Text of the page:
Growing up near Liverpool, Craig loved movies. He singles out Ridley Scott’s Blade Runner: “I walked into the cinema not knowing what was on, sat down with my drink and popcorn and Blade Runner came on. I didn’t know Ridley Scott from Adam, but I wanted to make movies like that, to create beautiful images in a great story.” As a boy, he says, he also admired Steve McQueen.

“Daniel will be a revelation to the audience,” predicts Casino Royale’s director Martin Campbell, who also introduced Pierce Brosnan as Bond in GoldenEye in 1995. “He combines toughness with charm and humour, and because this is a much more character-driven story, Daniel’s gravitas is a perfect match for the role.” Craig in turn credits his director with galvanising cast and crew. “Martin fires everyone up. You obviously need that level of energy in the action sequences, but it’s equally valuable in quieter dramatic scenes like the poker tournament.”

Contracted to do two more Bond pictures, Craig says: “The plan is to shoot another Bond movie by the end of next year, but we really have to get this one out first. We have to find out what the response is.”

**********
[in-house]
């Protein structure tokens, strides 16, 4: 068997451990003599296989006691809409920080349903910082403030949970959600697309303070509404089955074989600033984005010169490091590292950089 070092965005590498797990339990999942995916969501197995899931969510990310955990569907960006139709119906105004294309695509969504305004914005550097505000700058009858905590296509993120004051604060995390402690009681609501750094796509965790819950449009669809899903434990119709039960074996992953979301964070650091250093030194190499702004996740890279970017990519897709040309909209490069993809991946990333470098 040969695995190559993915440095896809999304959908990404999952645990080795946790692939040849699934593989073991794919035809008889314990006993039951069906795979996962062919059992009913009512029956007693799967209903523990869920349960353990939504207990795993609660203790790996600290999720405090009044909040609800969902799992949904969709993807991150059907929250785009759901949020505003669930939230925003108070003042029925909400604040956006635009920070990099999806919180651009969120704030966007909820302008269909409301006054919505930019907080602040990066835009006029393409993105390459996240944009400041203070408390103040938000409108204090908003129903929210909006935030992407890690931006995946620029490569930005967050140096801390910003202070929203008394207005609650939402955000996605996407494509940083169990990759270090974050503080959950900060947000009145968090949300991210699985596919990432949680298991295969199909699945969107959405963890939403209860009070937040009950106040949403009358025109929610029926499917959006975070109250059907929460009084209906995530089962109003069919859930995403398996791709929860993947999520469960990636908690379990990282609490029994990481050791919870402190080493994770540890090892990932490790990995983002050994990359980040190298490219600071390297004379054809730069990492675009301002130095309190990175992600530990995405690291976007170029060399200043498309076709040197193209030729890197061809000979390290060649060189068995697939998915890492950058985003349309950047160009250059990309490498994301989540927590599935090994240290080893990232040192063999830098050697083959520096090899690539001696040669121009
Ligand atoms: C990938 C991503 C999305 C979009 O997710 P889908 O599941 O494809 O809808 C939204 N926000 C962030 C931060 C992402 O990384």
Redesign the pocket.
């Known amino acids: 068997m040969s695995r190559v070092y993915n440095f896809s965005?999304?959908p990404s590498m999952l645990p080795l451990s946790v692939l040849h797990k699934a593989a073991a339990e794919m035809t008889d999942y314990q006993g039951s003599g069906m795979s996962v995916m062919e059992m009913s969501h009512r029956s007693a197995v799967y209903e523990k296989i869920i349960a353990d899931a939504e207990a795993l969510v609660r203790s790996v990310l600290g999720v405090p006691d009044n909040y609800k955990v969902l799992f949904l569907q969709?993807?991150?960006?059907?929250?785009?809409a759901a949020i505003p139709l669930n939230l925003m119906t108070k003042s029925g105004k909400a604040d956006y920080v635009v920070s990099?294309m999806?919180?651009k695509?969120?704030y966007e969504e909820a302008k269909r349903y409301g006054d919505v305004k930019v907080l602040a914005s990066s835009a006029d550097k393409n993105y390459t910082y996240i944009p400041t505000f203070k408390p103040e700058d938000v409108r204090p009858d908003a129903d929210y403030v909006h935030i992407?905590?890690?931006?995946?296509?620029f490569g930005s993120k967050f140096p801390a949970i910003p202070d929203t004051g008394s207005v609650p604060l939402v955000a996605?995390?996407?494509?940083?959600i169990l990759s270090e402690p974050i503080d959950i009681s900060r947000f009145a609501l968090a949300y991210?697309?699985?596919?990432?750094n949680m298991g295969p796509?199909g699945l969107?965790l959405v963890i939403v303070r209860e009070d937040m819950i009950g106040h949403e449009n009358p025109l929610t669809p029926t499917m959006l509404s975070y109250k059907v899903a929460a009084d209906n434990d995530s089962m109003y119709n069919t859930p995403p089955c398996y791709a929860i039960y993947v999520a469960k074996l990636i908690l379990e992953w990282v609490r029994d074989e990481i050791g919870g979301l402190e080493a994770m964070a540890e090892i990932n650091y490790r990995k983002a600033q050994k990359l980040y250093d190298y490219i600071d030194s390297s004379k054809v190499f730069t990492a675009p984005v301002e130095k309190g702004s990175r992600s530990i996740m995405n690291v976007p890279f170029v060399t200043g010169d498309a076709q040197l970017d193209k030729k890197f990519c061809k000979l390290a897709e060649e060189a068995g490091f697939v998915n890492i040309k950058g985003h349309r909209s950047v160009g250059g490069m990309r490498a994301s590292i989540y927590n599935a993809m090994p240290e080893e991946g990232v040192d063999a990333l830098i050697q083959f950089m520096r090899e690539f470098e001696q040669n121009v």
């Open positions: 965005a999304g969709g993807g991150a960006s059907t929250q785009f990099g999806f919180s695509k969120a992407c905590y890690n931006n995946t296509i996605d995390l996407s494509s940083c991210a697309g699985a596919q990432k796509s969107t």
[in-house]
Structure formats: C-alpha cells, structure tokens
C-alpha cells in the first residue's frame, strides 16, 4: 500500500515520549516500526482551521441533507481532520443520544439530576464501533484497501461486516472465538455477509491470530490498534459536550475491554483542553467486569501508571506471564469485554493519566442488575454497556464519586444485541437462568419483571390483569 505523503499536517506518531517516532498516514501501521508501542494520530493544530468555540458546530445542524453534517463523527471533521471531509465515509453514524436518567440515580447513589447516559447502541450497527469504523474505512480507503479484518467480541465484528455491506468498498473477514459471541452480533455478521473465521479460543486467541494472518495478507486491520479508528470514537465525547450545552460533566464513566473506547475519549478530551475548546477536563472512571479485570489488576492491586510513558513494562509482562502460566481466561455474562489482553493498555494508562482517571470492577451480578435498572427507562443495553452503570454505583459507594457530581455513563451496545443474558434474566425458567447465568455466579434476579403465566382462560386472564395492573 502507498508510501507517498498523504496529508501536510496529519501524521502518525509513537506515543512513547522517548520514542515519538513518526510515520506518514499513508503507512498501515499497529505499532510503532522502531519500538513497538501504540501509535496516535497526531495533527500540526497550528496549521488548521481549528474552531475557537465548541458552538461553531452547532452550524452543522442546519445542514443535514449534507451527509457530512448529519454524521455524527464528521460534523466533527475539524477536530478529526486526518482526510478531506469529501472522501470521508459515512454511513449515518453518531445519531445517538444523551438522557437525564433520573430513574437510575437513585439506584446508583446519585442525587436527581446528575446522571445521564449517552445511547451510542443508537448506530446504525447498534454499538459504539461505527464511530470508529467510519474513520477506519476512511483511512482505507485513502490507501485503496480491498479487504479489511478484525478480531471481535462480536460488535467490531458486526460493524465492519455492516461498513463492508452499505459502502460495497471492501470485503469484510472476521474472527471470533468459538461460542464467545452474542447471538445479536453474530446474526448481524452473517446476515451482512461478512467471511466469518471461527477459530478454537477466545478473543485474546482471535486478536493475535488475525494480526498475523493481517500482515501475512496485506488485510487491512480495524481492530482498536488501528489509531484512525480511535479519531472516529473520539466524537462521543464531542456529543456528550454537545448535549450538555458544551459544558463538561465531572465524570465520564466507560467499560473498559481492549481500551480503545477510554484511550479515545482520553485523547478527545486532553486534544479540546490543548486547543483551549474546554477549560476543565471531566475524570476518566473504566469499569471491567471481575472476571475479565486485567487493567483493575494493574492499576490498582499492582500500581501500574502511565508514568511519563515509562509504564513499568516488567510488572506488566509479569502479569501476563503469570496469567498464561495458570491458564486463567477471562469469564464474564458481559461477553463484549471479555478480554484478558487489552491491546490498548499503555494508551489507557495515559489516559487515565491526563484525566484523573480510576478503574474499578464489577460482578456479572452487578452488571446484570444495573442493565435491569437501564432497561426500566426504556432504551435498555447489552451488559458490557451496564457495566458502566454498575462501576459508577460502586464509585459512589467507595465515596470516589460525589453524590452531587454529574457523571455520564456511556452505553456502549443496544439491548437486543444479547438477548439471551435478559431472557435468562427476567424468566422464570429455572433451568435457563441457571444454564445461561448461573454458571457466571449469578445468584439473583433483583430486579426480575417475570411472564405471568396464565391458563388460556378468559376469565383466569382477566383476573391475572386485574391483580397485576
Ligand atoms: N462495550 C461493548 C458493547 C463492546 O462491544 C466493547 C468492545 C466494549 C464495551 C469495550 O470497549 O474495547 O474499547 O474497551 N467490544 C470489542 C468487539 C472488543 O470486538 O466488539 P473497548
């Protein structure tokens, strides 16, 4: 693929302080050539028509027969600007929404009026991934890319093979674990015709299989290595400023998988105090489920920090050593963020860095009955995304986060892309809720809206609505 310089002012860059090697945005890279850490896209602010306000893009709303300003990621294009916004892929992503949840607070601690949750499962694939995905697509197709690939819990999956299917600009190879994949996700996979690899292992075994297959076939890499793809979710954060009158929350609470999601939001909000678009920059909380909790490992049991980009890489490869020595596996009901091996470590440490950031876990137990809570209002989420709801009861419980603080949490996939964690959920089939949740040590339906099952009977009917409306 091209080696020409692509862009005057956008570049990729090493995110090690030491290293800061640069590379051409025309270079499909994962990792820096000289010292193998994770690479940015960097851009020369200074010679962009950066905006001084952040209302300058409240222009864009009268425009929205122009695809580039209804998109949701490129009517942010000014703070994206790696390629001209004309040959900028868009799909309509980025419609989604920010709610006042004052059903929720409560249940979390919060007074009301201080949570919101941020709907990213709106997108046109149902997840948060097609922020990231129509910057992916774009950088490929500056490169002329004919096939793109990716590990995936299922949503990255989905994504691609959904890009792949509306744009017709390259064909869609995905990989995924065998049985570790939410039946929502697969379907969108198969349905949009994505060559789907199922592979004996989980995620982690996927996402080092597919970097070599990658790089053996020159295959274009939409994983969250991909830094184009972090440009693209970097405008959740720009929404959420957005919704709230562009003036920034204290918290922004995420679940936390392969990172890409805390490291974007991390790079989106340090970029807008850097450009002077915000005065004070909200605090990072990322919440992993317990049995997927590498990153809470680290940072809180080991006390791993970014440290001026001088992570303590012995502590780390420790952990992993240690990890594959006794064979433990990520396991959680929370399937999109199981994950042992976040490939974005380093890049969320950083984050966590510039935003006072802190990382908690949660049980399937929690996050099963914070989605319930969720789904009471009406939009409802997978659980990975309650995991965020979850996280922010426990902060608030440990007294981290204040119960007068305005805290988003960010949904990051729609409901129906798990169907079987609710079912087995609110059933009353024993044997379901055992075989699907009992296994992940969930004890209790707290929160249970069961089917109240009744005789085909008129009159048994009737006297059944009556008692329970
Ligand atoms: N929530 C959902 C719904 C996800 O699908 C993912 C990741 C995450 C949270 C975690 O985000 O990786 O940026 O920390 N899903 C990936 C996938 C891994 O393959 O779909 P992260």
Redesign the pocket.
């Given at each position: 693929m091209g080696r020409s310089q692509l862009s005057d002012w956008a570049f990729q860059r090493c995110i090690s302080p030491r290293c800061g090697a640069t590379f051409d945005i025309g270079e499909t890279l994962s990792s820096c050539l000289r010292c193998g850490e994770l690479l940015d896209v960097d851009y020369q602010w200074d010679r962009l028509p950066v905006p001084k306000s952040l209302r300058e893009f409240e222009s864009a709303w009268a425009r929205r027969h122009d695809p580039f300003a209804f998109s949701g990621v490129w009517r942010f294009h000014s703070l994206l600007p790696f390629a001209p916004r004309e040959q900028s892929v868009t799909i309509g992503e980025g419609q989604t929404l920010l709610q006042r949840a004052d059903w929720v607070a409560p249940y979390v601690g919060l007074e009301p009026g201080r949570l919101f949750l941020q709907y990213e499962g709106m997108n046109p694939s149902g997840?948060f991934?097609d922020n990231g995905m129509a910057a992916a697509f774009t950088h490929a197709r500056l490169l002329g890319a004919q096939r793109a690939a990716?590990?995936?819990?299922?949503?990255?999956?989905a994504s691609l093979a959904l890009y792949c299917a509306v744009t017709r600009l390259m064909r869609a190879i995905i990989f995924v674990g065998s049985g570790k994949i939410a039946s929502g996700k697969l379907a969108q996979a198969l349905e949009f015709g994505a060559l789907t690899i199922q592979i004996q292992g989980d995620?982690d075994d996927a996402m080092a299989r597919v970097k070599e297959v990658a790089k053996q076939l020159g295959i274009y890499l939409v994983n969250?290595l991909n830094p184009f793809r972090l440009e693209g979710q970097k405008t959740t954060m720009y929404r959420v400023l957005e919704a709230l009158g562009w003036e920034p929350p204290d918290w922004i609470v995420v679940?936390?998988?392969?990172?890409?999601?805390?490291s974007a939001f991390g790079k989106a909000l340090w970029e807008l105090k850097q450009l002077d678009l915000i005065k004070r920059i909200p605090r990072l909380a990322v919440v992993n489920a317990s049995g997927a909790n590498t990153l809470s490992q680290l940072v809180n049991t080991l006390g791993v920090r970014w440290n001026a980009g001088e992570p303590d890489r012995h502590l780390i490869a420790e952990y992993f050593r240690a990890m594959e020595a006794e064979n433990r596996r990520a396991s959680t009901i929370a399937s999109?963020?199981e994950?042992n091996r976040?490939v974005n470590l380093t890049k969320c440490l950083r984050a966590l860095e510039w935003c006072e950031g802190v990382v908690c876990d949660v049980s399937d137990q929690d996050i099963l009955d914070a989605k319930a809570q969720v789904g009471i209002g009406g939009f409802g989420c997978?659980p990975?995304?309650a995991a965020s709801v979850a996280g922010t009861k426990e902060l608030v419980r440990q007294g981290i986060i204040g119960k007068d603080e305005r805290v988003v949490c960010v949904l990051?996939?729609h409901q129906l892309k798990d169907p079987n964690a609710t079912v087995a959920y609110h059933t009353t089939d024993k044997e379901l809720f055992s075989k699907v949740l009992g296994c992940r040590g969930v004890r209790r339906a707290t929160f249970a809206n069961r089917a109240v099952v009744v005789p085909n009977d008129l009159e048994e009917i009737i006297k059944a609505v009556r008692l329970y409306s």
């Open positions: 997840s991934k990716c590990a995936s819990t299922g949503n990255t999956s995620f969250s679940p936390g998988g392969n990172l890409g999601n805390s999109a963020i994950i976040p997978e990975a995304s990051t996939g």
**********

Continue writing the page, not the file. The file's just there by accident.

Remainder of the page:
He hopes the Bond experience will prove to be liberating rather than stifling: “It’s a high-class problem to have an actor typecast as James Bond, and I’m certainly going to try to get as much out of it as I can. I’m aware that it might limit what I do, but I shall approach that problem as it comes.”

I ask Craig whether he feels a responsibility to carry on the legacy of the Bond pictures, which began six years before he was born. “I accept the fact that there is this Bond history,” he says. “I want to continue the tradition of parents taking their children to see the movie because they were taken by their parents. You could be critical of past movies, you can be critical of my movie, but it’s a great cinema tradition and Bond is a great character. I want to appeal to everybody – but then, I’m greedy.”

‘Casino Royale’ opens in cinemas on November 17